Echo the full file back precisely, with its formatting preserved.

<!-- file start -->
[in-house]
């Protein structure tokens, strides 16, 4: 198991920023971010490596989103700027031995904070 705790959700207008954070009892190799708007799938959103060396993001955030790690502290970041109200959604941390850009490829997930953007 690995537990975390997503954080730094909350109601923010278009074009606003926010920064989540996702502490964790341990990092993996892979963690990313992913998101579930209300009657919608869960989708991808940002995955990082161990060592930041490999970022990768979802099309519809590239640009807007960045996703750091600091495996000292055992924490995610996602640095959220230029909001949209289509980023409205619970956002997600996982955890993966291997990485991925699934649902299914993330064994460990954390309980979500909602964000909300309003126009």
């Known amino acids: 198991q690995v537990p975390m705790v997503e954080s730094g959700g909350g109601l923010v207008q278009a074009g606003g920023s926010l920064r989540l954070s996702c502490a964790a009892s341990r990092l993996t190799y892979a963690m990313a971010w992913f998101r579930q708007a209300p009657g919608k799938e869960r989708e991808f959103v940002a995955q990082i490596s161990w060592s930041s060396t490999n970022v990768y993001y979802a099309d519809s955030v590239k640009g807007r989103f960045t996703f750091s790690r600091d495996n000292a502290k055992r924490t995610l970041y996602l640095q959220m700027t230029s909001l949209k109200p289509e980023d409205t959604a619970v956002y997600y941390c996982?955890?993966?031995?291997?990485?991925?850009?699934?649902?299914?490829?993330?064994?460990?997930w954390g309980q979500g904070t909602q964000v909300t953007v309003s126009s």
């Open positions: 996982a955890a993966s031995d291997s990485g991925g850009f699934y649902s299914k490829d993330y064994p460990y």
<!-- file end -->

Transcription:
[in-house]
């Protein structure tokens, strides 16, 4: 198991920023971010490596989103700027031995904070 705790959700207008954070009892190799708007799938959103060396993001955030790690502290970041109200959604941390850009490829997930953007 690995537990975390997503954080730094909350109601923010278009074009606003926010920064989540996702502490964790341990990092993996892979963690990313992913998101579930209300009657919608869960989708991808940002995955990082161990060592930041490999970022990768979802099309519809590239640009807007960045996703750091600091495996000292055992924490995610996602640095959220230029909001949209289509980023409205619970956002997600996982955890993966291997990485991925699934649902299914993330064994460990954390309980979500909602964000909300309003126009």
């Known amino acids: 198991q690995v537990p975390m705790v997503e954080s730094g959700g909350g109601l923010v207008q278009a074009g606003g920023s926010l920064r989540l954070s996702c502490a964790a009892s341990r990092l993996t190799y892979a963690m990313a971010w992913f998101r579930q708007a209300p009657g919608k799938e869960r989708e991808f959103v940002a995955q990082i490596s161990w060592s930041s060396t490999n970022v990768y993001y979802a099309d519809s955030v590239k640009g807007r989103f960045t996703f750091s790690r600091d495996n000292a502290k055992r924490t995610l970041y996602l640095q959220m700027t230029s909001l949209k109200p289509e980023d409205t959604a619970v956002y997600y941390c996982?955890?993966?031995?291997?990485?991925?850009?699934?649902?299914?490829?993330?064994?460990?997930w954390g309980q979500g904070t909602q964000v909300t953007v309003s126009s």
């Open positions: 996982a955890a993966s031995d291997s990485g991925g850009f699934y649902s299914k490829d993330y064994p460990y």